I'm evaluating a repair task at an older neighbor's house. His dining room
has a wall with a single window in the middle of it., and the window was
blocked-off about 20 years ago when he had a garage added on the other side
of the wall. The window was blocked-off by simply covering the opening with
a piece of wooden panelling and then painting the whole wall and window
frame the same color. The old couple seemed to think it was fine and have
lived with it for two decades. Now, it is time to fix this thing right. It
looks pretty ugly, and makes it hard to hang artwork.
My strongest inclination is to remove the window frame and completely
replace the wallboard on this (13 x 8 foot) wall. That would leave no
interior evidence that there was ever a window in that location, however I
am wondering how easy it is to get the new wall to blend seamlessly with the
two existing intersecting walls and ceiling. If I sand the edges of those
existing walls and do the normal inside-corner treatment (tape and mud), can
it look good? My experience is limited to new wallboard joining with new
wallboard. Any gotchas?
My option is to treat the window opening like a very large damage hole. Put
some wooden bracing in to support the patch, cut a 3 x 5 piece of wall board
and place it into the opening and mesh and mud the edges before prepping and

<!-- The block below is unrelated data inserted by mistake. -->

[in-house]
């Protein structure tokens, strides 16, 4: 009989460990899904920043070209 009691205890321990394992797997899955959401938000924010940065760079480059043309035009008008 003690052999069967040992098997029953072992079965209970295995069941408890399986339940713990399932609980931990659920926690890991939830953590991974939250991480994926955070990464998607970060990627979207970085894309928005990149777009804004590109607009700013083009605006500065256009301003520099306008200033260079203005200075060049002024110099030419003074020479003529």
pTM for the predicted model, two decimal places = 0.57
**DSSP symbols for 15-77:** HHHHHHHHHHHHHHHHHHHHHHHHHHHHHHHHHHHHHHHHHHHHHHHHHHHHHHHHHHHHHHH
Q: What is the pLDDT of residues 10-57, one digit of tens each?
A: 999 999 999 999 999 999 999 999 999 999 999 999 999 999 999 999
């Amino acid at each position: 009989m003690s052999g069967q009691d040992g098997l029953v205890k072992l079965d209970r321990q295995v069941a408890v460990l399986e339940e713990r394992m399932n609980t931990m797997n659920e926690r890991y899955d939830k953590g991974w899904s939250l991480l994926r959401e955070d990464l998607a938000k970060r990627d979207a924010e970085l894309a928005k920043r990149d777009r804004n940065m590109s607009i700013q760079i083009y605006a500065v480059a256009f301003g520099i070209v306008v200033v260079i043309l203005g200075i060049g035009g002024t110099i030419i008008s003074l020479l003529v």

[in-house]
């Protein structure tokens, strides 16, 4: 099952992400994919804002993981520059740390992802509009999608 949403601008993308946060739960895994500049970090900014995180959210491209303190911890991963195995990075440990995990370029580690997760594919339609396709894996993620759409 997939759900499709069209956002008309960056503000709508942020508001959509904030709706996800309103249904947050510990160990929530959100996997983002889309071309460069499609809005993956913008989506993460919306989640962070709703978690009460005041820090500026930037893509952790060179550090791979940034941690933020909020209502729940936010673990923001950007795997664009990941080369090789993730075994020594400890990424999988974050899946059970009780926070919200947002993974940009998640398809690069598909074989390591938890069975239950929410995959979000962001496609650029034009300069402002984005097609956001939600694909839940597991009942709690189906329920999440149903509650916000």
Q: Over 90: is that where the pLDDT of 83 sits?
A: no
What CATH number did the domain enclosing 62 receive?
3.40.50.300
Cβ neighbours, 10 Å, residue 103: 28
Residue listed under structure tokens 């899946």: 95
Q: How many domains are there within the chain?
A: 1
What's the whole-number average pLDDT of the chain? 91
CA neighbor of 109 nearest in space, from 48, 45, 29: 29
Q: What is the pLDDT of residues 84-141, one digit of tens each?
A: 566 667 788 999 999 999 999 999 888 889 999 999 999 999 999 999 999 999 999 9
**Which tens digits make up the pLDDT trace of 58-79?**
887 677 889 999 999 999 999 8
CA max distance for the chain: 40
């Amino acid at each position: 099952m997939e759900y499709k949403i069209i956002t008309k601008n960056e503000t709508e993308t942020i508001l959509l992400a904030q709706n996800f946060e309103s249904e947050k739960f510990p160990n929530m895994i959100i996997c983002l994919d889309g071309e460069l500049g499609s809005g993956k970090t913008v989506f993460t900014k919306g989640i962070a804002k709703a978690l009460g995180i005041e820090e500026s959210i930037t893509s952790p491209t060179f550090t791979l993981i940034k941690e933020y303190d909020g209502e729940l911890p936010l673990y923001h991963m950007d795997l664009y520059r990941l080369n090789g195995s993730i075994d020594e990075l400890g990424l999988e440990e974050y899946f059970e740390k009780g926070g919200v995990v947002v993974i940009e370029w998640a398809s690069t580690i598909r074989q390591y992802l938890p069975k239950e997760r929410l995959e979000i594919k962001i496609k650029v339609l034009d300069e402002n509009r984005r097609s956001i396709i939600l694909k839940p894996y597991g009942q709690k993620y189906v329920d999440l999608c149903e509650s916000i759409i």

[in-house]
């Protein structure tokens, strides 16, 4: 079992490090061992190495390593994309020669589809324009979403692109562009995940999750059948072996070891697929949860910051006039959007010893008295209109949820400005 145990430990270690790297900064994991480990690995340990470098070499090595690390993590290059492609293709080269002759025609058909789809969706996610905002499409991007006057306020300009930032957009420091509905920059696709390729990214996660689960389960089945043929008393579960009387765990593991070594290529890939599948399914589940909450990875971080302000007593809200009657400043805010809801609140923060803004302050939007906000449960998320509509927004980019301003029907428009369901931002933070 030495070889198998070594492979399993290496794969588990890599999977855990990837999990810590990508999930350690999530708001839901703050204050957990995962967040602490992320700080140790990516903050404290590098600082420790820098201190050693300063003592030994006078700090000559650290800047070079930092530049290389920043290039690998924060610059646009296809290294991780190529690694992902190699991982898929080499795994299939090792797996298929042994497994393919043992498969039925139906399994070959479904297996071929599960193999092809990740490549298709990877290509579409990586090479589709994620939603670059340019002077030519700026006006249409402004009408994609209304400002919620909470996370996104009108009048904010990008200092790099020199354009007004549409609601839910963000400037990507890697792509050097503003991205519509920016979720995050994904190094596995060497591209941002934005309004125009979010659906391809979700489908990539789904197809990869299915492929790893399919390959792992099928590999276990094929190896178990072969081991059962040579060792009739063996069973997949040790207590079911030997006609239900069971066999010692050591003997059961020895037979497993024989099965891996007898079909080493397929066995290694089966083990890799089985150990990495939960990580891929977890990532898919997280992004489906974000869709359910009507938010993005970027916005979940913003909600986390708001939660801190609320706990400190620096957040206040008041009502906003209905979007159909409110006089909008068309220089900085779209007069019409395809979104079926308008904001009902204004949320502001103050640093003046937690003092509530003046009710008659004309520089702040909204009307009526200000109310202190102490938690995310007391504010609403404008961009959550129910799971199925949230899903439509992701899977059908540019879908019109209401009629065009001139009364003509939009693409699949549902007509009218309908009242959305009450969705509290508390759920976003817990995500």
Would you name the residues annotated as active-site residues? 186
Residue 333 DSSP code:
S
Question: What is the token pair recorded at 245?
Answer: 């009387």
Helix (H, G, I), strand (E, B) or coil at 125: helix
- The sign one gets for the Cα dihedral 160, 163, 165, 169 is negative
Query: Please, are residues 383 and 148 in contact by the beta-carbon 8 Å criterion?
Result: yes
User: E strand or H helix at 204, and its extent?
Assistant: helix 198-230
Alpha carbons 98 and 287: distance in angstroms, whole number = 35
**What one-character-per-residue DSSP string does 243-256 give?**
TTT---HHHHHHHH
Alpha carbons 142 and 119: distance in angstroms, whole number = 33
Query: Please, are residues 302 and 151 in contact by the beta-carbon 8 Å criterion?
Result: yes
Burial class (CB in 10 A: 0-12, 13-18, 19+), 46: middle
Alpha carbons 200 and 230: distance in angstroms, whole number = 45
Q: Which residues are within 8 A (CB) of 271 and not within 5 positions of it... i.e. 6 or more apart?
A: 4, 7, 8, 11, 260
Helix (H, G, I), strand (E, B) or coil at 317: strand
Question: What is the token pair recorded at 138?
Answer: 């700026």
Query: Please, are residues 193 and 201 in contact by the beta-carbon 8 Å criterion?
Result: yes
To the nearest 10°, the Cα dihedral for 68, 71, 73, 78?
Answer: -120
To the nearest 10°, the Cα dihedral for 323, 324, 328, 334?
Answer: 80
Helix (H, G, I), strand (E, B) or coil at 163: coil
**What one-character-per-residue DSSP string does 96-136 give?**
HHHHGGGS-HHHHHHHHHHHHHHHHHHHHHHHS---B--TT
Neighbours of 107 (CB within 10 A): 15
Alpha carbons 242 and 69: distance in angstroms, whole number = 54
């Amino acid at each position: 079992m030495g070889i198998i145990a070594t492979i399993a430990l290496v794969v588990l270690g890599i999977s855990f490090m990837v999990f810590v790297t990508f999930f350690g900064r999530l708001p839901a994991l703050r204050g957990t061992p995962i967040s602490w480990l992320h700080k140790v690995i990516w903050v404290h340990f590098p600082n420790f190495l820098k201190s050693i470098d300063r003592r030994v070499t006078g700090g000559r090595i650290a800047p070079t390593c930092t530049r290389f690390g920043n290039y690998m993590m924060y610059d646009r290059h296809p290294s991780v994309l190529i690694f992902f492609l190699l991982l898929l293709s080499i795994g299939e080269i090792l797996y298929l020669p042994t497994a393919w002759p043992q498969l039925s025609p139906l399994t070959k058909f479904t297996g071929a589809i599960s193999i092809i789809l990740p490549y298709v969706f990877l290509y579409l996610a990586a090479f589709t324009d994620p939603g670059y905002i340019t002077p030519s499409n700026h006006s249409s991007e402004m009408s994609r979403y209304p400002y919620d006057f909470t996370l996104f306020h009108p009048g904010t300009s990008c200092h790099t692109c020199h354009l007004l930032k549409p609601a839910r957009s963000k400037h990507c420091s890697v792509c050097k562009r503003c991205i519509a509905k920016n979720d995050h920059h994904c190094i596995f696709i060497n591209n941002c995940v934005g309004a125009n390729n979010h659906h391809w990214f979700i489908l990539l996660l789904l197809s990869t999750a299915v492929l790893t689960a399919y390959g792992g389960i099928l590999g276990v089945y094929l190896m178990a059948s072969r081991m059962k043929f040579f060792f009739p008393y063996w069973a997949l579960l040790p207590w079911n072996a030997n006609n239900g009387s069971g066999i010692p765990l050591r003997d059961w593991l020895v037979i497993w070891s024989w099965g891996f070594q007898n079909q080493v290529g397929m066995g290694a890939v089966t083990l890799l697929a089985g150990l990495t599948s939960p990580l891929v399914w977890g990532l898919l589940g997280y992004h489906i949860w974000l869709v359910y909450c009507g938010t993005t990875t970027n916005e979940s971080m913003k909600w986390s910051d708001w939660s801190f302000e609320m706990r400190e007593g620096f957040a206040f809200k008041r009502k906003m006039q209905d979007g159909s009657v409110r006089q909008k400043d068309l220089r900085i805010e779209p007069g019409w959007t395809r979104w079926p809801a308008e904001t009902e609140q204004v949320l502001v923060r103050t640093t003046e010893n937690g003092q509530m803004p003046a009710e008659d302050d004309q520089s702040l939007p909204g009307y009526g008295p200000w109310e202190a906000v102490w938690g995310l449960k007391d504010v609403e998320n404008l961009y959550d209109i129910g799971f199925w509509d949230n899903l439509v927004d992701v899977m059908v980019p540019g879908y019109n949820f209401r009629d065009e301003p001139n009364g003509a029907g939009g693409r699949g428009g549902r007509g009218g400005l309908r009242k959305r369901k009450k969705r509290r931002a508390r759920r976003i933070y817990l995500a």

painting the whole wall. The wooden bracing would have to be very sturdy so
that the patched section of wall would be as strong as the rest of the wall.
I'm thinking that this might be a bad idea.
Two windows on one side on my house have had exactly the treatment you
prescribe applied to them by the previous owner about ten years back.
Currently, the outlines of the window are clearly visible for both windows
because of small movements which cause cracks around the joints of the
"insert". I plan on eventually, removing this wall to build outwards so
am living with the cracks. If I had to live with the walls as is long
term, I would prefer a redo of the whole wall.
I think it depends on how good a taper you are.
If you're good, treat it as a damaged area. The amount of taping
will be less than if you replace the wall. Running horizontally,
you'll have fourteen feet of taping, running vertically you'll have
There is another option -- if the circumstances are right. You could
adapt the framing to make an art niche where the window used to be.
That's a very good point. By extending the hole to the studs on either side
of the current opening, I would gain the additional stability that I was
looking for. That may prevent the issue that caused the covered window to
become visible again for that other person who posted about it.
I've been visiting model homes and watching the home shows on TV and
I now realize there is nothing wrong with making one wall completely
different from the other 3 walls in a room. So consider painting or
papering or texturing that one wall, if you like....
On Sat, 14 Feb 2004 21:41:32 -0500, "Konstatt"
Well... I'm slightly more of a traditionalist than a trendsetter. The
whole room will be painted the same color after the repairs.
My plan for that dining room is paint above a chair rail and wallpaper below
the chair rail. Getting that window frame out of the way is the only
problem in the room.
HomeOwnersHub.com is a website for homeowners and building and maintenance pros. It is not affiliated with any of the manufacturers or service providers discussed here.
All logos and trade names are the property of their respective owners.